... What s a good starting point for hourly rate? Minimum wage? I have no idea what a modern entry-level cabinetmaker earns. Do people mark up the cost of
                        Message 11 of 29 , Jul 16, 2003
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                          > Since you are not trying to make a living at it (for a very
                          > good and well-stated reason), the usual advice about figuring an
                          > hourly rate does not apply.

                          What's a good starting point for hourly rate? Minimum wage? I have no
                          idea what a modern entry-level cabinetmaker earns. Do people mark up
                          the cost of materials?

                          > The SCA market is notoriously cheap

                          That's for sure! There's too many crafty people. I wish I had a buck
                          for every time I hear someone say, "I can make that."

                          > Now, about your chest... that looks really good! Kind of a hybrid of
                          > styles, but nicely done.

                          Thanks. It's based on two examples. One in "Oak Furniture: The
                          British Tradition" by Chinnery and the other is in the Cleveland Museum
                          of Art. I chose it for the same reasons (I think) as the original
                          builders: It's all boards, no large dimension stiles are needed.

                          > I probably wouldn't make something like that for less than $500,

                          Wow, my initial thought $300.

                          > maybe more depending on those hinges... did you make them
                          > yourself, or buy them?

                          I bought them from a shire member who smiths. I think he charged me
                          $20. I need to finish the forge I'm building. There's a lot of
                          furniture I want to build, but won't do it until I can do it with the
                          right hardware.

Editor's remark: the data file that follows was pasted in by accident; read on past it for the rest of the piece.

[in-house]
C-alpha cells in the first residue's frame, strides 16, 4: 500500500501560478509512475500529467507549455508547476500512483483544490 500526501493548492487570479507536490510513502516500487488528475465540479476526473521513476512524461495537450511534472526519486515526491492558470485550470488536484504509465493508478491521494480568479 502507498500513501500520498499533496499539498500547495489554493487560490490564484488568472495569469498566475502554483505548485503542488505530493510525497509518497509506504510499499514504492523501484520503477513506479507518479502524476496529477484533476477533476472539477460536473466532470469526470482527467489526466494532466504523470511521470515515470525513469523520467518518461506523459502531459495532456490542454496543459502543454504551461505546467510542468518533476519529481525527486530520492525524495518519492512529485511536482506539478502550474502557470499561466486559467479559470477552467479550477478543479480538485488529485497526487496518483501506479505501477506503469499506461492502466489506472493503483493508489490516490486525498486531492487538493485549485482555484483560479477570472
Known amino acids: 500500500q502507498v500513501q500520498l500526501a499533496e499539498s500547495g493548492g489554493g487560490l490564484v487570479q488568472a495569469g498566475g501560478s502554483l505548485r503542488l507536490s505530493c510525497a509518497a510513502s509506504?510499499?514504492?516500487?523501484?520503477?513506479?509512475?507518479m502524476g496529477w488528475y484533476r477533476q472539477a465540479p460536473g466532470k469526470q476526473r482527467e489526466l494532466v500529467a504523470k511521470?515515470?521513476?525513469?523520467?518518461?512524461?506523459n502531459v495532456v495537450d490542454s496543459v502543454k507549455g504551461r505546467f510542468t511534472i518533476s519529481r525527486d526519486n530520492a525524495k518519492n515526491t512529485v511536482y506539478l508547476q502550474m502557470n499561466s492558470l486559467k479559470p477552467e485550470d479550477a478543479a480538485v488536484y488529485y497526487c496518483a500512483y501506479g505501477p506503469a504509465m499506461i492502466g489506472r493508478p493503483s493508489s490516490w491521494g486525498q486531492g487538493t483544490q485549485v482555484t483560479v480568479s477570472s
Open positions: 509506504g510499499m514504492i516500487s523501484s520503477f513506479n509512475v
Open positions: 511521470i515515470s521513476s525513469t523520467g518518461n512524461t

Ulrich


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                        • Tim Bray
                          ... Keep in mind that the gallery commission is often around 50%. If it was consigned to a gallery and they sold it for $1200, Ulrich would probably get about
                          Message 12 of 29 , Jul 16, 2003
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                            >My guess $1000-1200. Go to New York City and look at the prices.

                            Keep in mind that the gallery commission is often around 50%. If it was
                            consigned to a gallery and they sold it for $1200, Ulrich would probably
                            get about $600. That's the power of marketing! ;-)

                            Cheers,
                            Colin


                            Albion Works
                            Furniture and Accessories
                            For the Medievalist!
                            www.albionworks.net
                            www.albionworks.com
                          • Stefan von Kiel
                            I have always undercharged for my work. I had to create a table that has all materials that I would have to purchase. If I purchase 8 board feet of hard
                            Message 13 of 29 , Jul 16, 2003
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                              I have always undercharged for my work. I had to create a table that has
                              all materials that I would have to purchase. If I purchase 8 board feet of
                              hard maple to make a project that will use 6 bf when completed, I use 8 bf
                              in my table since this is what I will have to purchase. I also include
                              expendables like sandpaper, rags, etc. I then use an hourly rate of $20 per
                              hour. I found that once I figure out the cost, it is still reasonably
                              priced. My trestle legs have gone up in price since I now use a mortise &
                              tenon joint to attach the cross support. This has added more time to the
                              construction but the result is a better trestle. People seem to be happy
                              paying a little more for the sturdier trestles.



                              Stefan von Kiel
                              Dwarven Axe Armoury
                              www.dwarvenaxe.com

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                            • Tim Bray
                              ... Depends. Are you really trying to make a living at it? Do you have insurance coverage through a spouse or other job? How much training or experience do
                              Message 14 of 29 , Jul 16, 2003
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                                >What's a good starting point for hourly rate? Minimum wage?

                                Depends. Are you really trying to make a living at it? Do you have
                                insurance coverage through a spouse or other job? How much training or
                                experience do you have? etc...

                                > I have no
                                >idea what a modern entry-level cabinetmaker earns.

                                Depends. Location, experience, market conditions... Right now an
                                entry-level guy in a commercial shop probably won't be getting much more